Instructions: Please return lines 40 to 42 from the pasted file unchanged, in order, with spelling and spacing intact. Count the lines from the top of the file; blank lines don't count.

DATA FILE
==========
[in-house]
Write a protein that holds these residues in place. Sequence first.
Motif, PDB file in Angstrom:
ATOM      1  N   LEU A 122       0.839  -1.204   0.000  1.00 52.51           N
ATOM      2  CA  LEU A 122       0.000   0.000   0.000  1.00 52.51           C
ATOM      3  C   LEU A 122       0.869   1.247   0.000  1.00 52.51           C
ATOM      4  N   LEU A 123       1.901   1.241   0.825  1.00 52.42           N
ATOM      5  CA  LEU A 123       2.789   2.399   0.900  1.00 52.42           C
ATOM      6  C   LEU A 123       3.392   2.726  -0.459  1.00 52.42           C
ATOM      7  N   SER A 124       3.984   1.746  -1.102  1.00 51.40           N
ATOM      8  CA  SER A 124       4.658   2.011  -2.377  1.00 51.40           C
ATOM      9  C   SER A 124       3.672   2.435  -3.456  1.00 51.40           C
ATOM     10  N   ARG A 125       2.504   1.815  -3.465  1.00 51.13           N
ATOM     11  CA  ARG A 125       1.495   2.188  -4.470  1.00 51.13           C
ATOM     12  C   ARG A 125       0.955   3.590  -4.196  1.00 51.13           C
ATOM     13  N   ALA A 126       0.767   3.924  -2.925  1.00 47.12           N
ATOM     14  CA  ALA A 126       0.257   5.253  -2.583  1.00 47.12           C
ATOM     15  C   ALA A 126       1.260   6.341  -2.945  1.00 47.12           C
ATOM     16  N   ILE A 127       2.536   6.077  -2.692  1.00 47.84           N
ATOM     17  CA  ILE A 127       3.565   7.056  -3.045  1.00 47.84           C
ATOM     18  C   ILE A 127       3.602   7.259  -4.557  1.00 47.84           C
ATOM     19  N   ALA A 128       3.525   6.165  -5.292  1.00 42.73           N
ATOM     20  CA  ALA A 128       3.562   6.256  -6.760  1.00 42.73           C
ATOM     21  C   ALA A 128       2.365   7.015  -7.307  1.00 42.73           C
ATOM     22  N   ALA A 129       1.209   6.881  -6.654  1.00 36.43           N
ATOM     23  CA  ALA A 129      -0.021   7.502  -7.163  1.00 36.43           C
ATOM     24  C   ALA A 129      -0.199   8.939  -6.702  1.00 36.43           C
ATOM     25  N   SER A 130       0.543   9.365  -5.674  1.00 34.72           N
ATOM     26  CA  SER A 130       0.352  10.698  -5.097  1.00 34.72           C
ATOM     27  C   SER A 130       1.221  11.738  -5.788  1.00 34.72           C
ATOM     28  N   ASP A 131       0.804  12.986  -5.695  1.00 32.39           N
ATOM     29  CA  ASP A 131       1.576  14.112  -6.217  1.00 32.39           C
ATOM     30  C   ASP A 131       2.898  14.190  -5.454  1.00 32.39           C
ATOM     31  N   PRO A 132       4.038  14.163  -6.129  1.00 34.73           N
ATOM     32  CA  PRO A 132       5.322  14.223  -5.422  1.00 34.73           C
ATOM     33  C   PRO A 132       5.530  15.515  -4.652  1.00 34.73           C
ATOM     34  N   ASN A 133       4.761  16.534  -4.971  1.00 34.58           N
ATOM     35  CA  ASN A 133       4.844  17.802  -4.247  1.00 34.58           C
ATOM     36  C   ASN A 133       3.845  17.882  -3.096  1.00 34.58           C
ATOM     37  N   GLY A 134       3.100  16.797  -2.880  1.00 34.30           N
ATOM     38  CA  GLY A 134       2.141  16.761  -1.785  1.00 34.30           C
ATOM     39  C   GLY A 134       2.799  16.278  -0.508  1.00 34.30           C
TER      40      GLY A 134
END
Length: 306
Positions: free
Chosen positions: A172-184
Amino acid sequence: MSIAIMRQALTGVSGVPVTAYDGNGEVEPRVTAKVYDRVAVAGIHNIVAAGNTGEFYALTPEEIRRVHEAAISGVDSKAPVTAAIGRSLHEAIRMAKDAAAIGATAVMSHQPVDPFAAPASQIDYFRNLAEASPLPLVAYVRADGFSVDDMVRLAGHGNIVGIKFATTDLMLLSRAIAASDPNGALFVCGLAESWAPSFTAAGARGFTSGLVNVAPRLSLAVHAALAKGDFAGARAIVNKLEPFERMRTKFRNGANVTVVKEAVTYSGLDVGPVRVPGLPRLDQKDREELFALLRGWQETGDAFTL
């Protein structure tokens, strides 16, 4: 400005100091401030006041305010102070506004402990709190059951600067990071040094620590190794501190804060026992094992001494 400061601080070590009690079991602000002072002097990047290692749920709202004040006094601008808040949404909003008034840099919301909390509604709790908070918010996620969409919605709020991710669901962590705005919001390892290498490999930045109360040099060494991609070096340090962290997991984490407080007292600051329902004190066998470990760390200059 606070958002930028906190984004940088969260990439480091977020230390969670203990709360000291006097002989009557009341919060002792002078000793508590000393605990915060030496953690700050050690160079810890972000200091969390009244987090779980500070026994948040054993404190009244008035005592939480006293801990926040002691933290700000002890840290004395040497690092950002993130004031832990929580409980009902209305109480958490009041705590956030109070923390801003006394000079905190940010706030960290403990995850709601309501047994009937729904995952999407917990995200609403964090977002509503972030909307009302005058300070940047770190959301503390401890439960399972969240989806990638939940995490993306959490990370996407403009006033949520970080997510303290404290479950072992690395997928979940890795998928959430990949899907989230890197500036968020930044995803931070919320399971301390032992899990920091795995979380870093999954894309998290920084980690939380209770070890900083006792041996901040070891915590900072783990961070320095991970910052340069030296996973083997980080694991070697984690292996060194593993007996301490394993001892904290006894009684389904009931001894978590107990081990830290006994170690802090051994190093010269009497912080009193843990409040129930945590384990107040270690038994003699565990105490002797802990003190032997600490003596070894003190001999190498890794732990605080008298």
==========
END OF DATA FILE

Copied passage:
ATOM     37  N   GLY A 134       3.100  16.797  -2.880  1.00 34.30           N
ATOM     38  CA  GLY A 134       2.141  16.761  -1.785  1.00 34.30           C
ATOM     39  C   GLY A 134       2.799  16.278  -0.508  1.00 34.30           C